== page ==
Never have we seen a Halloween like this.
Super Storm Sandy rocked a third of the U.S., leaving a wake of rain ravaged cities, debris littered coastal areas, and a trail of broken homes and vehicles. In addition, she piled heaps of blizzard induced snow across mountainous areas along eastern states.
Today, bustling cities still echo with ghostly shadows of their former glory. Even the New York subways are haunted with silence, as filthy water laps the tunnel walls. Blackouts roll over the streets like a deathly vapor.
Wall Street has finally opened after two days, but will operate under controlled conditions.
I’m far away from this mayhem, in Missouri, but I’ve known the great floods of 1993 and 2008. I’ve experienced devastation from monster tornados and boiling thunderstorms. Where huge oaks are uprooted like toothpicks, and water smashes strong buildings like doll houses.
I know what it’s like to wake to a changed world. Where the landscape this morning, doesn’t resemble the one you saw when you got up yesterday. It grips you with shock and anxiety, and leads to a deep sense of confusion.
And yet, there’s opportunity to unmask goodness in the midst of this crisis.
Most of us at some point experience hard times, tragedy, acts of God, and other manner of hurtful, scary things. But it’s through those experiences that we learn, and become equipped to help the next person who goes through difficulty. Whether in the extreme, like Super Storm Sandy’s historic nightmare, or through a mild frustration — by knowing how it feels to deal with unwanted circumstances, we are prepared to reach out to someone in need.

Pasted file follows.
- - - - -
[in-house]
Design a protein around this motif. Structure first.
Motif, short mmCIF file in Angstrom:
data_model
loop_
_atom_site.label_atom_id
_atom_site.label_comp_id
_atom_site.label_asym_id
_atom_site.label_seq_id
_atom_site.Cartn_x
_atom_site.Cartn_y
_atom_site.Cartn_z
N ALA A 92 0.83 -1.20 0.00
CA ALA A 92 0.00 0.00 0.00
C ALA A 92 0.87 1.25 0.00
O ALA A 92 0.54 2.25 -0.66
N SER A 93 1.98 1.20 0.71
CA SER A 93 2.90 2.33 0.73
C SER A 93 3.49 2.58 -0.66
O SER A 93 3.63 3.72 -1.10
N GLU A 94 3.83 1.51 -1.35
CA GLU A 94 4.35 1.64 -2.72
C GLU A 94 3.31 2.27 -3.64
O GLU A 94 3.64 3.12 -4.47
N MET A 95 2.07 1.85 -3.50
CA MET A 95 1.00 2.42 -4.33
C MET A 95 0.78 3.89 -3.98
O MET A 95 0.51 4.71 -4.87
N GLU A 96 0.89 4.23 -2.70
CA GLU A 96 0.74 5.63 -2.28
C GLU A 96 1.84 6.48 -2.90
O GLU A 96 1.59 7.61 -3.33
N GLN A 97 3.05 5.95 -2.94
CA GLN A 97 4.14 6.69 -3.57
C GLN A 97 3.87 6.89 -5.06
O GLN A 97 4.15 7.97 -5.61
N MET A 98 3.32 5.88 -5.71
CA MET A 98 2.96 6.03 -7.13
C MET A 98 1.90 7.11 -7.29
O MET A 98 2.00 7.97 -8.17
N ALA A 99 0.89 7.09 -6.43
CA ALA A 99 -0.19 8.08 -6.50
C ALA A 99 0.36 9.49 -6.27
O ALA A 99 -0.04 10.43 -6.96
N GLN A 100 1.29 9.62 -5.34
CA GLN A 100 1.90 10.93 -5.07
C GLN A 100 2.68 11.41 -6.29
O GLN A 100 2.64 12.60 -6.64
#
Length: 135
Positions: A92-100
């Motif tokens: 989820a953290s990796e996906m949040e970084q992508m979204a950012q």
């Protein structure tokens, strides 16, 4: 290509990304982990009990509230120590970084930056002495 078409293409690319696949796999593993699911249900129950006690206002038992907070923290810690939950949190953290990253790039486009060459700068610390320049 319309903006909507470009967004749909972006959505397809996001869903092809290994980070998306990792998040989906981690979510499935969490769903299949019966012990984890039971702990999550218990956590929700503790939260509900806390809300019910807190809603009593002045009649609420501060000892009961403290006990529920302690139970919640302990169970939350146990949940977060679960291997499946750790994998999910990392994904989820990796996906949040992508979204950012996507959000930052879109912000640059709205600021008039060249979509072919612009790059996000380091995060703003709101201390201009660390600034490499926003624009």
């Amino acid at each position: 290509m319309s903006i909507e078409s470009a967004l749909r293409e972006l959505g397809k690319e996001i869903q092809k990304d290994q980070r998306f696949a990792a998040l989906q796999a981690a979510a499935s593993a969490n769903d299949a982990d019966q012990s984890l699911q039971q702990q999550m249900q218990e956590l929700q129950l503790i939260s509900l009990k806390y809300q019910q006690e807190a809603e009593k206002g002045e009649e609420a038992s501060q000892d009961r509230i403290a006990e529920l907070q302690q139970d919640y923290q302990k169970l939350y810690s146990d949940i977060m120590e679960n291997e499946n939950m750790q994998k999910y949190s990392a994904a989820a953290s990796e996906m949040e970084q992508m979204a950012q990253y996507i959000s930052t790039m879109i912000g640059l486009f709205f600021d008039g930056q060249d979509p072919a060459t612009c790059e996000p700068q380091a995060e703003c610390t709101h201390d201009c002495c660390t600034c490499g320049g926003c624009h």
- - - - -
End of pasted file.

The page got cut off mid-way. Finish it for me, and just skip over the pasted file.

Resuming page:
We understand how important the little things become. The joy of everyday items like toothbrushes, toilet paper, clean underwear, food and water. So when someone else has a need, we think to pack the little things up, and send them to victims.
A new crisis causes our memories to bubble, and we remember the day we stopped taking common items for granted. When our light switches worked again, rooms in our houses dried, telephones rang, computers sparked to life, and refrigerators cooled. Because of those memories, maybe we join a work crew, headed to Ground Zero of the current situation.
When you’ve walked through unimaginable chaos, prayer becomes more than an empty promise, but a vow to keep. “I’m praying for you,” are words that matter, and not spoken lightly.
And so it will be for those on the east coast. In a year, two, or five, when a tornado hits a city like Joplin, or an earthquake ravages a state all the way across the country, folks in the east will pack up, load up, pray up, and rush in to offer assistance. Because they will know.
Many victims of Super Storm Sandy will forever-after understand the importance of a hug, a smile, an encouraging word, practical gifts, and the power of compassion.
This will always be a Halloween to remember. But in the nightmare, we find a dream. Where human hearts reach out in love. Working together, in hope, to heal, for honor. As the bell opens on Wall Street, so it tolls through the halls of our humanity. People need each other, but sometimes it takes a Sandy to remind us just how much.
Anita Fresh Faith
Anita Agers-Brooks is an Inspirational Coach, Certified Personality Trainer, Productivity Specialist, Certified Team Training Facilitator, Marketing Specialist, national speaker, and author of First Hired, Last Fired — How to Become Irreplaceable in Any Job Market.
She’s a member of the Christian Writer’s Guild, client of WordServe Literary Group, graduate of CLASS for Leaders, Speakers, and Authors, a co-founder of The StoryWriting Studio, and speaker on circuit for Stonecroft International Ministries.
Anita’s passionate about business with integrity, healthy relationships, and issues of identity. She travels the country teaching others from her personal experiences and research. She believes it’s never too late for a fresh start with fresh faith. Anita lives in Missouri with her husband Ricky.